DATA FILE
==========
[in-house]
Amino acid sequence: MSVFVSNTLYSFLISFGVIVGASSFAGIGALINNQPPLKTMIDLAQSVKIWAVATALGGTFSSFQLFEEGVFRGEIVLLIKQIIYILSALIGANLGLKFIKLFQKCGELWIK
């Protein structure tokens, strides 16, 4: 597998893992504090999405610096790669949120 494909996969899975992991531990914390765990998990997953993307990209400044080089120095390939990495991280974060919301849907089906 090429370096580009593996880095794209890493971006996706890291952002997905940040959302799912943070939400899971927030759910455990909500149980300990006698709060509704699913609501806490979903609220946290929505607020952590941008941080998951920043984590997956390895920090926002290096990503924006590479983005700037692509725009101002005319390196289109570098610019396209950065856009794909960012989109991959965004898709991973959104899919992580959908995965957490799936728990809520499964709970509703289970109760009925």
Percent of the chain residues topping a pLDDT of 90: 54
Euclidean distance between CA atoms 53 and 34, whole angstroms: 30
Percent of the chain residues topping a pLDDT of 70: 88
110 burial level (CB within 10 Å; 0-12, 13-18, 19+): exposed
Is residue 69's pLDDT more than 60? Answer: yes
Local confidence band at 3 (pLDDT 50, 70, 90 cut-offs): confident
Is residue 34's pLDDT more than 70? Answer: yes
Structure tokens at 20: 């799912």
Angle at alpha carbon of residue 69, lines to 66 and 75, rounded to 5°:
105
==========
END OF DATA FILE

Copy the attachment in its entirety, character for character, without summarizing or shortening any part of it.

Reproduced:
[in-house]
Amino acid sequence: MSVFVSNTLYSFLISFGVIVGASSFAGIGALINNQPPLKTMIDLAQSVKIWAVATALGGTFSSFQLFEEGVFRGEIVLLIKQIIYILSALIGANLGLKFIKLFQKCGELWIK
């Protein structure tokens, strides 16, 4: 597998893992504090999405610096790669949120 494909996969899975992991531990914390765990998990997953993307990209400044080089120095390939990495991280974060919301849907089906 090429370096580009593996880095794209890493971006996706890291952002997905940040959302799912943070939400899971927030759910455990909500149980300990006698709060509704699913609501806490979903609220946290929505607020952590941008941080998951920043984590997956390895920090926002290096990503924006590479983005700037692509725009101002005319390196289109570098610019396209950065856009794909960012989109991959965004898709991973959104899919992580959908995965957490799936728990809520499964709970509703289970109760009925």
Percent of the chain residues topping a pLDDT of 90: 54
Euclidean distance between CA atoms 53 and 34, whole angstroms: 30
Percent of the chain residues topping a pLDDT of 70: 88
110 burial level (CB within 10 Å; 0-12, 13-18, 19+): exposed
Is residue 69's pLDDT more than 60? Answer: yes
Local confidence band at 3 (pLDDT 50, 70, 90 cut-offs): confident
Is residue 34's pLDDT more than 70? Answer: yes
Structure tokens at 20: 């799912």
Angle at alpha carbon of residue 69, lines to 66 and 75, rounded to 5°:
105